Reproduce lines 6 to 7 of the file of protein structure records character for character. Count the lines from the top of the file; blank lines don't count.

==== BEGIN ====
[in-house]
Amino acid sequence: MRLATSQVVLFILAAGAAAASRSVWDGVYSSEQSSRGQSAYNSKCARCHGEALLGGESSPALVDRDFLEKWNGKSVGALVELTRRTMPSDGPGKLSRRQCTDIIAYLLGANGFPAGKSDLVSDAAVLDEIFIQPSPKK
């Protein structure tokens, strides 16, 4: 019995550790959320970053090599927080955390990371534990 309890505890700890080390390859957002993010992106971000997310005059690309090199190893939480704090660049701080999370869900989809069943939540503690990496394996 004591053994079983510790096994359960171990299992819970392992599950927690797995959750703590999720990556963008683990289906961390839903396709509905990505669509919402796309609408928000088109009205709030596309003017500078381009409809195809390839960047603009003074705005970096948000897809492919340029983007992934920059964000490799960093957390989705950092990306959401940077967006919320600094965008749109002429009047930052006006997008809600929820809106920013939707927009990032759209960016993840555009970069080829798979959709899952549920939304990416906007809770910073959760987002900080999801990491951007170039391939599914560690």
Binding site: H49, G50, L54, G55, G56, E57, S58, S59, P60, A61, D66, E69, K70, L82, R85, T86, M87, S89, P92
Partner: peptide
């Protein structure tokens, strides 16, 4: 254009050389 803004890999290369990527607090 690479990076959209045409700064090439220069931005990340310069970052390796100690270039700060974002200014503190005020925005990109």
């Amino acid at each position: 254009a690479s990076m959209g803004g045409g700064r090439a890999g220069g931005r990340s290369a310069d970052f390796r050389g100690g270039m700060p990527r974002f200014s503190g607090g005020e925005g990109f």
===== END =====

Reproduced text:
């Protein structure tokens, strides 16, 4: 254009050389 803004890999290369990527607090 690479990076959209045409700064090439220069931005990340310069970052390796100690270039700060974002200014503190005020925005990109």
């Amino acid at each position: 254009a690479s990076m959209g803004g045409g700064r090439a890999g220069g931005r990340s290369a310069d970052f390796r050389g100690g270039m700060p990527r974002f200014s503190g607090g005020e925005g990109f």